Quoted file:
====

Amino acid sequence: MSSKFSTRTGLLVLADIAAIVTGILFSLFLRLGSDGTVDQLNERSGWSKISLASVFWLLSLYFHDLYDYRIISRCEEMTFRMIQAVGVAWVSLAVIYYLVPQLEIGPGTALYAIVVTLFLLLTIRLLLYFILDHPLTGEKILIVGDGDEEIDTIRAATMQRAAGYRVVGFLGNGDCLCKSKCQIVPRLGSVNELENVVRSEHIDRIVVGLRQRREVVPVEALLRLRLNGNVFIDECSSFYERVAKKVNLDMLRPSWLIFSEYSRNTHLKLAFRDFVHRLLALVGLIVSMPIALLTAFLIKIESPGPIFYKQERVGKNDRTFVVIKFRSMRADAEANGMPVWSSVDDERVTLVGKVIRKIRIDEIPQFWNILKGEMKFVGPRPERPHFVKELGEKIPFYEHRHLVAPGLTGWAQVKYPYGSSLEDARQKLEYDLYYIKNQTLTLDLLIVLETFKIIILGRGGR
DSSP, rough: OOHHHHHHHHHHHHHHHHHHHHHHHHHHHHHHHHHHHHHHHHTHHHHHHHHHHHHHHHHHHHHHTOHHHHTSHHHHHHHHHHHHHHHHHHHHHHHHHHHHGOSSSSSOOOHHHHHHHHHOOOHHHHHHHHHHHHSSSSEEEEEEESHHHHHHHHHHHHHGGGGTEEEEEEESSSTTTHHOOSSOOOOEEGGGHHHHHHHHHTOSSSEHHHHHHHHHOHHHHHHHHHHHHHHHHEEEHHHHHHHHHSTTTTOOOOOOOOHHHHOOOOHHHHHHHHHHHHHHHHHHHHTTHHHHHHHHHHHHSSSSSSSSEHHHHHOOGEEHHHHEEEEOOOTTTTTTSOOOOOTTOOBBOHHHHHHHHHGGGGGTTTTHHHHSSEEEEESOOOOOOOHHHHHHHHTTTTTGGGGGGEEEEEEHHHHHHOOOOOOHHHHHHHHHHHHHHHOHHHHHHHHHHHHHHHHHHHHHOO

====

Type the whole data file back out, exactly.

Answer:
Amino acid sequence: MSSKFSTRTGLLVLADIAAIVTGILFSLFLRLGSDGTVDQLNERSGWSKISLASVFWLLSLYFHDLYDYRIISRCEEMTFRMIQAVGVAWVSLAVIYYLVPQLEIGPGTALYAIVVTLFLLLTIRLLLYFILDHPLTGEKILIVGDGDEEIDTIRAATMQRAAGYRVVGFLGNGDCLCKSKCQIVPRLGSVNELENVVRSEHIDRIVVGLRQRREVVPVEALLRLRLNGNVFIDECSSFYERVAKKVNLDMLRPSWLIFSEYSRNTHLKLAFRDFVHRLLALVGLIVSMPIALLTAFLIKIESPGPIFYKQERVGKNDRTFVVIKFRSMRADAEANGMPVWSSVDDERVTLVGKVIRKIRIDEIPQFWNILKGEMKFVGPRPERPHFVKELGEKIPFYEHRHLVAPGLTGWAQVKYPYGSSLEDARQKLEYDLYYIKNQTLTLDLLIVLETFKIIILGRGGR
DSSP, rough: OOHHHHHHHHHHHHHHHHHHHHHHHHHHHHHHHHHHHHHHHHTHHHHHHHHHHHHHHHHHHHHHTOHHHHTSHHHHHHHHHHHHHHHHHHHHHHHHHHHHGOSSSSSOOOHHHHHHHHHOOOHHHHHHHHHHHHSSSSEEEEEEESHHHHHHHHHHHHHGGGGTEEEEEEESSSTTTHHOOSSOOOOEEGGGHHHHHHHHHTOSSSEHHHHHHHHHOHHHHHHHHHHHHHHHHEEEHHHHHHHHHSTTTTOOOOOOOOHHHHOOOOHHHHHHHHHHHHHHHHHHHHTTHHHHHHHHHHHHSSSSSSSSEHHHHHOOGEEHHHHEEEEOOOTTTTTTSOOOOOTTOOBBOHHHHHHHHHGGGGGTTTTHHHHSSEEEEESOOOOOOOHHHHHHHHTTTTTGGGGGGEEEEEEHHHHHHOOOOOOHHHHHHHHHHHHHHHOHHHHHHHHHHHHHHHHHHHHHOO